If you’re a rights holder, you’ve probably come across the term metadata more than a few times before. It is at the heart of the industry, connecting music creation, discovery, technology, copyright and royalties. It’s not just important for music licensing – getting this right is beneficial for all areas of the music industry.
Metadata is everywhere, and it is how we find and filter content. Put simply, it is the information relating to each track and covers genre, style, performers, key, and tempo.
Supplying rich metadata for your music ensures that it can be found during searches. Our search bar enables buyers to search for music based on genre, mood, emotion and texture. We advise that you ensure each track has an accurate description too, as this can help when buyers are searching for music.
The key here is to "think visual". Buyers are coming to search for music with their production in mind, and are more likely to use keywords relating to the mood and feel of a track, rather than the musical qualities alone.
Yes it’s important to ensure that you describe the genre of your music, but pinpointed and pigeonholing music to an obscure sub-genre is not always actually that helpful. Unless every TV, film, advertising and game producer has a deep understanding of all the possible sub-genres and niches out there, your music is not likely to come up in searches if you only rely on describing the musical genre. This is why SoundVault has introduced a deep and precise search bar that searches across mood, motion, emotion, texture, clarity and soundscape. We also ask that music suppliers categorise the use of their music, which can help buyers locate the perfect track for their production.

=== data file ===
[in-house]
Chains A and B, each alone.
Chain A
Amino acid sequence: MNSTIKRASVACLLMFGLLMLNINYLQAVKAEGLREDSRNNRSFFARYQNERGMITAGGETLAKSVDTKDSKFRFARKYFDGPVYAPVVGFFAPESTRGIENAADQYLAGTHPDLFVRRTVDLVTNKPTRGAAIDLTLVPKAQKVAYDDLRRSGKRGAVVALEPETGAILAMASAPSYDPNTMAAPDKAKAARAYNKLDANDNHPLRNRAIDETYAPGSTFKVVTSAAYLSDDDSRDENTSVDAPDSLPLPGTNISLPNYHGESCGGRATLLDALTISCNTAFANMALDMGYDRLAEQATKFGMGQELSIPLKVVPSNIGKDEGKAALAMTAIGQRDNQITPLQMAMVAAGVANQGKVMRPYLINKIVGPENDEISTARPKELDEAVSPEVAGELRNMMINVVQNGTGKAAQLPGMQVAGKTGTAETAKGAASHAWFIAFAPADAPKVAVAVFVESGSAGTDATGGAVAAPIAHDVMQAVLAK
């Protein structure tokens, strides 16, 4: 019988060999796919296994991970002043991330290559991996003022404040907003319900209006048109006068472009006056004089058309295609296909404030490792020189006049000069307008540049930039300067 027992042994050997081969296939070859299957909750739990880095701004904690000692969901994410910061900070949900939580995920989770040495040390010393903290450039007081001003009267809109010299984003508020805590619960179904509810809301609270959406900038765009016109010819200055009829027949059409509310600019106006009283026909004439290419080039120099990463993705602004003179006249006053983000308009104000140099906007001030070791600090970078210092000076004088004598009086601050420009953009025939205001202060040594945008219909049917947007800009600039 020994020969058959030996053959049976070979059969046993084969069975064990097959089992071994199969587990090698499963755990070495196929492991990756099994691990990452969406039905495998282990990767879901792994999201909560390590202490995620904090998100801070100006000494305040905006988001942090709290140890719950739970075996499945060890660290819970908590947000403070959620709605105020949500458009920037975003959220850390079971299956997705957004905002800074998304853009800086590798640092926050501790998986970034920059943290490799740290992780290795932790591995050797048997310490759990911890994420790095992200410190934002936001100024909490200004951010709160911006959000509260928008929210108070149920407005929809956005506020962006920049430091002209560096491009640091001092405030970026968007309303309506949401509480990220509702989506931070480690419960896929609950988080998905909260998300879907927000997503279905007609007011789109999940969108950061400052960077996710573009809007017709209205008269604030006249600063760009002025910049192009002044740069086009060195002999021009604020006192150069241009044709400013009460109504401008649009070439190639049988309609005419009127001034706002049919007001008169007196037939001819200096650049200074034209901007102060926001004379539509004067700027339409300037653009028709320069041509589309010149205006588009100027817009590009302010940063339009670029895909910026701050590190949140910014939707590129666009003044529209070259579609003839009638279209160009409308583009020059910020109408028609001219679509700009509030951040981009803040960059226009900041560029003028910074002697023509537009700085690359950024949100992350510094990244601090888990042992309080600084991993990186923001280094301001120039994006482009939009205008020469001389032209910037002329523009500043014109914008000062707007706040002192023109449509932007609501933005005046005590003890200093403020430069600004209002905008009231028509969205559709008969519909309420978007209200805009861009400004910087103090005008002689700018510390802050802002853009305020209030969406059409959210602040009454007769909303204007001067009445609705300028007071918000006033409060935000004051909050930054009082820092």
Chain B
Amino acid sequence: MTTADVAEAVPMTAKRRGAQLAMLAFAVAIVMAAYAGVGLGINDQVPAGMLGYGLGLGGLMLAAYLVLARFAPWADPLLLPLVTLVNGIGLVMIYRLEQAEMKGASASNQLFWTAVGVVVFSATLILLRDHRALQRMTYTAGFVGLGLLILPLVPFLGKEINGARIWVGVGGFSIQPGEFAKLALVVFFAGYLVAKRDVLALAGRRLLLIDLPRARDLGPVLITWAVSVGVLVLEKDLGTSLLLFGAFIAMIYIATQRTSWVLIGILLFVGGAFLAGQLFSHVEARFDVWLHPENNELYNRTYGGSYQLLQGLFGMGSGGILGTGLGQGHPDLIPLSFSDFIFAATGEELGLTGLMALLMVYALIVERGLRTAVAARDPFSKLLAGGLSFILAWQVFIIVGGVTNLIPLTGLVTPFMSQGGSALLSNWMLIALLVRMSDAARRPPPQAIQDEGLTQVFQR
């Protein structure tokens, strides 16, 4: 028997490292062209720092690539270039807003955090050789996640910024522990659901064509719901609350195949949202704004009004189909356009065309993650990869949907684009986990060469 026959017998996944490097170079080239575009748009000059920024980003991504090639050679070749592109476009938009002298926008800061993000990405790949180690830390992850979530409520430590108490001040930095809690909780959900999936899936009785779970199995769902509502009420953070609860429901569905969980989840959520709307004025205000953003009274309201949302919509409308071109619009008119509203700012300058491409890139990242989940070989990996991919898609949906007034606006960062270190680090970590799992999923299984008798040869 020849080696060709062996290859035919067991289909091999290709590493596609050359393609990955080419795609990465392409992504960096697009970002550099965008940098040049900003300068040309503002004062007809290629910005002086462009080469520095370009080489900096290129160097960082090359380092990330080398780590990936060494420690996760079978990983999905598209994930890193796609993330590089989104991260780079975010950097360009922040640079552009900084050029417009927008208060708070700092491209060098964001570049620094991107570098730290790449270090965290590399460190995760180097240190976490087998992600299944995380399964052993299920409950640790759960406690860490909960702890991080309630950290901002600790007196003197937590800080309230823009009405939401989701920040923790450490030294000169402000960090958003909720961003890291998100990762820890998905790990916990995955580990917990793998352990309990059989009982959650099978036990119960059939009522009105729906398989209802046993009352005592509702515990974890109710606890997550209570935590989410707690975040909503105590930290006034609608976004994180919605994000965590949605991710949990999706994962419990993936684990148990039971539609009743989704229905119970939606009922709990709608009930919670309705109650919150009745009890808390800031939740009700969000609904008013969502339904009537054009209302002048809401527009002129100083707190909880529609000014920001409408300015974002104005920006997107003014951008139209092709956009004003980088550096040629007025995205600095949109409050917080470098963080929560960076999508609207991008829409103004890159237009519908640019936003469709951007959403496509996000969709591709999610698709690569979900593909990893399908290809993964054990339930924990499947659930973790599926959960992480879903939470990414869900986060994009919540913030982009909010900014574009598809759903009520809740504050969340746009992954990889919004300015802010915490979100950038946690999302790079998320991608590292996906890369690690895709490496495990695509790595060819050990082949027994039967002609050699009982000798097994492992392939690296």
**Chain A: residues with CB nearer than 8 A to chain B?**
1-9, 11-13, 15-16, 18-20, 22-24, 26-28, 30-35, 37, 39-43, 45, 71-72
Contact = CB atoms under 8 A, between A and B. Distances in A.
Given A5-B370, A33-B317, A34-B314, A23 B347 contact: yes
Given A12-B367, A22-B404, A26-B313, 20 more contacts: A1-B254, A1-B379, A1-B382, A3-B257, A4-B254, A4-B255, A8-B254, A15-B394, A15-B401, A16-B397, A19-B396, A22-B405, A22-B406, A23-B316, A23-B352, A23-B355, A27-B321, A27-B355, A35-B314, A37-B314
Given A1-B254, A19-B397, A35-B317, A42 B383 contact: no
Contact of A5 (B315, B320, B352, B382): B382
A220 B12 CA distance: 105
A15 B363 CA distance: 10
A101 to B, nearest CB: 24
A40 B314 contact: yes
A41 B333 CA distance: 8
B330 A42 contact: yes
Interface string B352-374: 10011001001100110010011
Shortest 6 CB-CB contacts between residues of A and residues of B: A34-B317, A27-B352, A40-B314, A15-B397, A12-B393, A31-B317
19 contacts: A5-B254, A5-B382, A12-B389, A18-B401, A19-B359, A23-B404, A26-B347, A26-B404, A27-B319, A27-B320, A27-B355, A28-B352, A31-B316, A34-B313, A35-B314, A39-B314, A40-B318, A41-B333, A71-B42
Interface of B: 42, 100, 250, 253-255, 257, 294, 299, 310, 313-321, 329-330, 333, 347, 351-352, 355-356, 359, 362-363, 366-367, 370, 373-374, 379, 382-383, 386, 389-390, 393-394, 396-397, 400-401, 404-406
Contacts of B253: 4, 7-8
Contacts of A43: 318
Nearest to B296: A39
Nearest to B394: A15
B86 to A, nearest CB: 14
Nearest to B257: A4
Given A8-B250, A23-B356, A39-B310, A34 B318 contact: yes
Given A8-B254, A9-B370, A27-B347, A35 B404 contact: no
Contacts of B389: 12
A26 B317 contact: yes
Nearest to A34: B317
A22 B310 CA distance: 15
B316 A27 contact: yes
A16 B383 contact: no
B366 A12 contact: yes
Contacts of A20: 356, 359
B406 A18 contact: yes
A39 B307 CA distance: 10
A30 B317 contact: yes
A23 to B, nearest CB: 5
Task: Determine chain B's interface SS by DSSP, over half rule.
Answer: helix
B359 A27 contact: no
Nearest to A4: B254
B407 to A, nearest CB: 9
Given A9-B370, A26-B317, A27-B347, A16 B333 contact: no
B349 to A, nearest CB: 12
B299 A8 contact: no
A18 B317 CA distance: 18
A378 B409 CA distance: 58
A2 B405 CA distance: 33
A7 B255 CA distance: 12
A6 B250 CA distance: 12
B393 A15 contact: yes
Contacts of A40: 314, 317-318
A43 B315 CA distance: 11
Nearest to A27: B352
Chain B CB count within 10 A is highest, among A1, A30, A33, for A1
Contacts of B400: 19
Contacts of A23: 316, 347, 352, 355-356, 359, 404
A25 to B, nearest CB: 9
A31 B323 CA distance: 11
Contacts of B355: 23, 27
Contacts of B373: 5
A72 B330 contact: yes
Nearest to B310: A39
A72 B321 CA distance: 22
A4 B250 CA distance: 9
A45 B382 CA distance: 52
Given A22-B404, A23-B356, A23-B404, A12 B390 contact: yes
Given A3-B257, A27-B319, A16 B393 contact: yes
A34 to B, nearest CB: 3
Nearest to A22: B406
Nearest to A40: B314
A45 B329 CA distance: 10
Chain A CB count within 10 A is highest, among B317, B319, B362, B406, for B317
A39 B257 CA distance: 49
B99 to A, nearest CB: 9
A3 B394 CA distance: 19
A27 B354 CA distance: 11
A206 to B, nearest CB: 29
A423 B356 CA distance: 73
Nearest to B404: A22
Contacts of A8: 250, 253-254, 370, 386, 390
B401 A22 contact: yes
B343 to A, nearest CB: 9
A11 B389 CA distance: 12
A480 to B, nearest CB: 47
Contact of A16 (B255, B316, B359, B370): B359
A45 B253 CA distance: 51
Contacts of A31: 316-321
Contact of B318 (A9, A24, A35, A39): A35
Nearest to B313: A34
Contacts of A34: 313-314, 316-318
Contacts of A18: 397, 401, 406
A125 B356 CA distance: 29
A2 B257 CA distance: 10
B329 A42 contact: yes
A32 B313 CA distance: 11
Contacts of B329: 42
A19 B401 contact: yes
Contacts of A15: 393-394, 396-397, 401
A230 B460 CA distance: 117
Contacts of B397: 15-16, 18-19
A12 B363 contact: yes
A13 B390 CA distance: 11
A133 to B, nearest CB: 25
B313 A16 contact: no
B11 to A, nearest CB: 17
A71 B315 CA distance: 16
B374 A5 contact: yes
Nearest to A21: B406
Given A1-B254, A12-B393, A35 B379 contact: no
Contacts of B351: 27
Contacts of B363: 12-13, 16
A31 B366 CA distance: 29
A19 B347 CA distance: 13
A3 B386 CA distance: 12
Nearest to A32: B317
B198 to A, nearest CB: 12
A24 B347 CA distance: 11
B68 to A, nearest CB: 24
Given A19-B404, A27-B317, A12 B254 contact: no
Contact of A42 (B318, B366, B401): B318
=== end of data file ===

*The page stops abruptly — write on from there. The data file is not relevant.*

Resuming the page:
However, be careful to not over do the keywords if they are not relevant. This sounds counterintuitive given what we’ve just explored, but adding hundreds of keywords to your tracks won’t necessarily make your music more discoverable. Accurate metadata is key! Describing your music in 20 clear and accurate keywords is going to be far more helpful than adding 50 vague keywords that don’t truly represent the track at hand.
Tracking music usage
Metadata goes beyond music discovery; it is also essential for accurate tracking and reporting music usage, as it contains all the important information about who should get paid including writers, performers, labels and publishers. Compiling metadata is a time-consuming and often tedious task, but if you take the time to record and monitor your song data you are more likely to receive any royalties due to you.
Are your tracks registered with a PRO? Are there co-writers, labels or publishers involved? What are the splits? Do you have ISRCs? Tunecodes? This is the important information that we need to collect to ensure that rights holders are accurately paid for their music usage.
This post has been prepared for informational purposes only, and is not intended to provide legal advice.